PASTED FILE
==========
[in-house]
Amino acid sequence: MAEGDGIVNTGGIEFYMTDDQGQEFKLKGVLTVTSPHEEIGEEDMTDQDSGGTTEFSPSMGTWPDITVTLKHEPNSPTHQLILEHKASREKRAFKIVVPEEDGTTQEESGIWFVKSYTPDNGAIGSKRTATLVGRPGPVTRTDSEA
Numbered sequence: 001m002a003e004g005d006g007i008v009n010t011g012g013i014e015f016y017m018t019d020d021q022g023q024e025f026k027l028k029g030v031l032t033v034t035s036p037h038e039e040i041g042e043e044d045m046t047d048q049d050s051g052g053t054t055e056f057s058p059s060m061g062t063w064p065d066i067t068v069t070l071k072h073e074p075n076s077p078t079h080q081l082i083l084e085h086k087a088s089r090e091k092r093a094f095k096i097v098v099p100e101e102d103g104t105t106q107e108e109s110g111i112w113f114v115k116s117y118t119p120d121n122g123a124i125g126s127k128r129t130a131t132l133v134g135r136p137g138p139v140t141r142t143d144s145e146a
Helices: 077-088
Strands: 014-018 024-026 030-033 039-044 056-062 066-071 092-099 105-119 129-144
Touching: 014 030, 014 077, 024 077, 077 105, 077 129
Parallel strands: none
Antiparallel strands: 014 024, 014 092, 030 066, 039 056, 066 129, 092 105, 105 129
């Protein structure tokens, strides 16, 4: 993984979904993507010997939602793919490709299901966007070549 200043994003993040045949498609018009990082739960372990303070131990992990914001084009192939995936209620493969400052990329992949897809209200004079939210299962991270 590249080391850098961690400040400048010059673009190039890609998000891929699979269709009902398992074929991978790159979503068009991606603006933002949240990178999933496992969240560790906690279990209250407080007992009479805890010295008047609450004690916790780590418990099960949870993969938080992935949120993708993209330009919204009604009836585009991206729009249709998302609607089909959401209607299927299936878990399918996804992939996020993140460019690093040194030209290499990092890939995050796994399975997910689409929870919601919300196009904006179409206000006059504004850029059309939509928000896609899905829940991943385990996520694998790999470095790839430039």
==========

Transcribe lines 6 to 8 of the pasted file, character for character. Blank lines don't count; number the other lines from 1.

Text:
Touching: 014 030, 014 077, 024 077, 077 105, 077 129
Parallel strands: none
Antiparallel strands: 014 024, 014 092, 030 066, 039 056, 066 129, 092 105, 105 129